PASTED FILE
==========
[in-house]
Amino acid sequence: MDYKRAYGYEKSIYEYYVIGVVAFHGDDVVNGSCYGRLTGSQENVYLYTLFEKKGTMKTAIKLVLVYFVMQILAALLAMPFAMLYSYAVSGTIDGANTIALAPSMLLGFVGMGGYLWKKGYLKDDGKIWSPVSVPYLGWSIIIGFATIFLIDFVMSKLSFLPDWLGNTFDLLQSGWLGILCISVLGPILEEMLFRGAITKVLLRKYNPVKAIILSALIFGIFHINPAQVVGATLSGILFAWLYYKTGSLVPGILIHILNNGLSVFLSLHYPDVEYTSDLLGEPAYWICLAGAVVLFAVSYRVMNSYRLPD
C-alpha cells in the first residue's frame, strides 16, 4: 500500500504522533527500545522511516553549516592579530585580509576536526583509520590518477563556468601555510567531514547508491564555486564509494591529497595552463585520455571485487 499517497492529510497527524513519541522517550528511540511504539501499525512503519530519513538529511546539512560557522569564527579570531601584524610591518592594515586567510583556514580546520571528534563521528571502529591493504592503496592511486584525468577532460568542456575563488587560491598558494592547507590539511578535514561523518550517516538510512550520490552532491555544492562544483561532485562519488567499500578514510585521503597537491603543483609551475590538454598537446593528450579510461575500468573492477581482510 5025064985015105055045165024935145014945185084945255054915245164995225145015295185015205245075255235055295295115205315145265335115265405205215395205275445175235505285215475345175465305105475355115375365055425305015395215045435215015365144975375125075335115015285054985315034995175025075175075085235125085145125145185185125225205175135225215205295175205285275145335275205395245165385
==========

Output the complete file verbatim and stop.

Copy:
[in-house]
Amino acid sequence: MDYKRAYGYEKSIYEYYVIGVVAFHGDDVVNGSCYGRLTGSQENVYLYTLFEKKGTMKTAIKLVLVYFVMQILAALLAMPFAMLYSYAVSGTIDGANTIALAPSMLLGFVGMGGYLWKKGYLKDDGKIWSPVSVPYLGWSIIIGFATIFLIDFVMSKLSFLPDWLGNTFDLLQSGWLGILCISVLGPILEEMLFRGAITKVLLRKYNPVKAIILSALIFGIFHINPAQVVGATLSGILFAWLYYKTGSLVPGILIHILNNGLSVFLSLHYPDVEYTSDLLGEPAYWICLAGAVVLFAVSYRVMNSYRLPD
C-alpha cells in the first residue's frame, strides 16, 4: 500500500504522533527500545522511516553549516592579530585580509576536526583509520590518477563556468601555510567531514547508491564555486564509494591529497595552463585520455571485487 499517497492529510497527524513519541522517550528511540511504539501499525512503519530519513538529511546539512560557522569564527579570531601584524610591518592594515586567510583556514580546520571528534563521528571502529591493504592503496592511486584525468577532460568542456575563488587560491598558494592547507590539511578535514561523518550517516538510512550520490552532491555544492562544483561532485562519488567499500578514510585521503597537491603543483609551475590538454598537446593528450579510461575500468573492477581482510 5025064985015105055045165024935145014945185084945255054915245164995225145015295185015205245075255235055295295115205315145265335115265405205215395205275445175235505285215475345175465305105475355115375365055425305015395215045435215015365144975375125075335115015285054985315034995175025075175075085235125085145125145185185125225205175135225215205295175205285275145335275205395245165385